By: Mari Bandoma Callado & Emile A. Davis
The sudden emergence of racist and violent attacks towards people of Asian descent is reminiscent of the discrimination and harassment faced by American Muslims, Arabs and South Asians in the United States after 9/11. Reports of microaggressions in public, discrimination by business establishments, workplace discrimination and harassment, and threats of and actual acts of violence towards Asian Americans and Pacific Islanders have been on the rise. The online reporting forum Stop AAPI Hate shared that it has received over 650 direct reports of discrimination against primarily Asian Americans since its inception on March 18, 2020.
Racially-motivated hate crimes and threats from white supremacists and other domestic groups have also been on the rise. There are ongoing federal investigations related to extremists exploiting the Covid-19 pandemic. The Federal Bureau of Investigation’s New York office issued an alert reporting that extremists groups are encouraging intentional spread of the coronavirus to police officers and members of the Jewish community. The Department of Homeland Security also warned about white supremacists calling to spread the virus and target diverse neighborhoods and places of worship.
Discrimination and hate-based attacks like these have far-reaching implications for our society. It is a problem that should not be ignored, lest it grow worse. This article discusses the various available causes of action, theories of liability and potential defendants to address the heinous attacks on individuals or groups based on race, national origin and ethnic background in civil court.
Discrimination by Business Establishments
The Unruh Civil Rights Act specifically outlaws discrimination by all business establishments in California based on sex, race, color, religion, ancestry, national origin, mental or physical disability, age or medical condition (including HIV status). “Business establishments” includes but is not limited to hotels, restaurants, theaters, hospitals, and retail stores.
Workplace Discrimination and Harassment
An employer who treats an employee differently because of race, national origin, or ethnic background or fails to protect an employee from race, national origin or ethnicity-based harassment is violating Title VII of the Civil Rights Act of 1964 and the California Fair Employment and Housing Act (“FEHA”). There are two main types of workplace discrimination: disparate treatment and disparate impact. Disparate treatment occurs when an employment action is taken by an employer against an employee because of their race, national origin, ethnicity or other protected characteristic. Disparate impact happens when an employer’s actions create a policy that discriminates against an entire protected group of employees.
The Ralph Act guarantees that each person in California be free of violence, intimidation and the threat of violence, against their person or property based upon actual or perceived protected classifications, including, but not necessarily limited to: citizenship, immigration status, political affiliation, race, and national origin.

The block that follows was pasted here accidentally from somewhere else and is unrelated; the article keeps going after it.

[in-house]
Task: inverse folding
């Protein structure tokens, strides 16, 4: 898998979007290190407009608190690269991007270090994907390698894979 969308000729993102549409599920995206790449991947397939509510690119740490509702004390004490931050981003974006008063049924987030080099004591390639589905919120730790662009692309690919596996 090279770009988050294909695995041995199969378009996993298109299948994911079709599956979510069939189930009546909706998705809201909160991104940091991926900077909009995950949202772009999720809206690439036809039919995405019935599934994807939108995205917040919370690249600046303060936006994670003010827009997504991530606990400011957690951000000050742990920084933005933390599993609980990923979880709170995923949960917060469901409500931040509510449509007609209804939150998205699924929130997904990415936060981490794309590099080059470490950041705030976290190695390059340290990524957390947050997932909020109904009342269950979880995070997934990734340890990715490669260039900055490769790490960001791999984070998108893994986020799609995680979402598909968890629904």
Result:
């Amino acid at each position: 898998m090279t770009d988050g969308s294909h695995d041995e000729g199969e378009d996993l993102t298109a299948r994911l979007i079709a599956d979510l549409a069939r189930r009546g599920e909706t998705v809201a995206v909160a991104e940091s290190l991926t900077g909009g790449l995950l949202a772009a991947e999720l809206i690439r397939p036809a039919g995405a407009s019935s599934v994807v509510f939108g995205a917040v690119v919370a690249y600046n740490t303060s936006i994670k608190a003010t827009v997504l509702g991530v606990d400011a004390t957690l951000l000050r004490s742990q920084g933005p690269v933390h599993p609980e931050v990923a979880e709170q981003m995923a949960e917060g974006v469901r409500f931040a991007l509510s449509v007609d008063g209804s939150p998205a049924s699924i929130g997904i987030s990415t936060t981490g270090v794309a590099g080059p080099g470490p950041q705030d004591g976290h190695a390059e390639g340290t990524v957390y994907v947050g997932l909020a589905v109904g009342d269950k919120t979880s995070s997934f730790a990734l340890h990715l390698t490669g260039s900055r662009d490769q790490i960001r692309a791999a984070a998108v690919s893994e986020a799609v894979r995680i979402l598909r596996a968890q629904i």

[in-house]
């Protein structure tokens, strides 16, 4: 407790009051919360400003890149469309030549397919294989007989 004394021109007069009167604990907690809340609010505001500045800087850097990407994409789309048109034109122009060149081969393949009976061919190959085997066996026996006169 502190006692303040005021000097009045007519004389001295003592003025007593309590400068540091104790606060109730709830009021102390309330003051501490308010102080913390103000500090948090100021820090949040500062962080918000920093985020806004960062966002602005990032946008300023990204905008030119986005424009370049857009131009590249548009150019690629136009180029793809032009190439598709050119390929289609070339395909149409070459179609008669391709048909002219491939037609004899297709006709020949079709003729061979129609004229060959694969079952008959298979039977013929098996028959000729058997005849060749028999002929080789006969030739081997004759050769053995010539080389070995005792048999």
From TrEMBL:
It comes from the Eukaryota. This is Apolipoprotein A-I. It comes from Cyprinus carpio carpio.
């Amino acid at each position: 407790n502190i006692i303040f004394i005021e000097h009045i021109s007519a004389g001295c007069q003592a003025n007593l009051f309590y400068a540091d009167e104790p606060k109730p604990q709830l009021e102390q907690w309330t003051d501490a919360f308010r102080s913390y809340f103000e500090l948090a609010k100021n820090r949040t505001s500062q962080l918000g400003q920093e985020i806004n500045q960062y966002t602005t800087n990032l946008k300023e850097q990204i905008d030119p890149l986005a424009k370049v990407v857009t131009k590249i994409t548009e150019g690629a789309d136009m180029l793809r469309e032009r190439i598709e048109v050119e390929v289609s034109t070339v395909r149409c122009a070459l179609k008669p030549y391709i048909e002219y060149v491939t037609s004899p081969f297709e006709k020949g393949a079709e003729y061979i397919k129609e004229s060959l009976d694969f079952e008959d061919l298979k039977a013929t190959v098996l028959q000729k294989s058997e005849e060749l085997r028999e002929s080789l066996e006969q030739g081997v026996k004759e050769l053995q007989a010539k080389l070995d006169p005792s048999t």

The Bane Act is slightly different. It guarantees that people in California be free from interference by the actual or attempted “threat, intimidation, or coercion”… “with the exercise or enjoyment”… “of rights secured by the Constitution or laws of the United States, or of the rights secured by the Constitution or laws of this state.”
Related Causes of Action
The perpetrator of the hate crime may also be liable for Intentional Infliction of Emotional Distress, Assault and Battery and potentially general negligence. Intentional Infliction of Emotional Distress occurs when an individual purposely causes severe emotional distress to you as a result of extreme and outrageous conduct.
Most often, hate crimes are criminally prosecuted against the individuals responsible. In a civil suit, it is imperative to look for other potential theories of liability and other defendants. Individual defendants rarely have the resources to compensate the victim for the damages they caused.
An employer may be liable for hate-crime based actions when the employer either authorized the tortious act or subsequently ratified an originally unauthorized tort. Theories of negligent hiring and supervision may also reach to the employer of the perpetrator of the hate crime.
The surrounding area and circumstances should be explored for a potential premises liability cause of action. Did the incident occur at a bar or restaurant? If so, several dram-shop based duties may come into play and are impacted by levels of knowledge, security, and past events. It may not even be enough for a licensed dram shop to merely warn of dangerous persons outside the premises, they may have an active duty to assist to avoid danger to a patron.
If a vehicle was involved in the attack, other avenues of recovery may be open for the victim of the hate crime.
Groups or organizations of which the perpetrators of the hate crime are members may be responsible under agency theories depending upon the circumstances. Or, if the perpetrator of the hate crime is a member of a hate-group, that group may be independently liable for their own wrongful acts in organizing, planning or otherwise encouraging the crime.
If you think you are discriminated against or harassed by a business establishment or in the workplace, or if you have been the target of a hate crime, contact the Department of Fair Employment and Housing, or consult with a trial attorney to protect your rights.
The Asian Pacific Policy and Planning Council (A3PCON) and Chinese for Affirmative Action (CAA) have launched a reporting center to allow Asian Americans and Pacific Islanders to report incidents of hate they have experienced. To file an incident report, please go to Stop AAPI Hate’s website: http://www.asianpacificpolicyandplanningcouncil.org/stop-aapi-hate/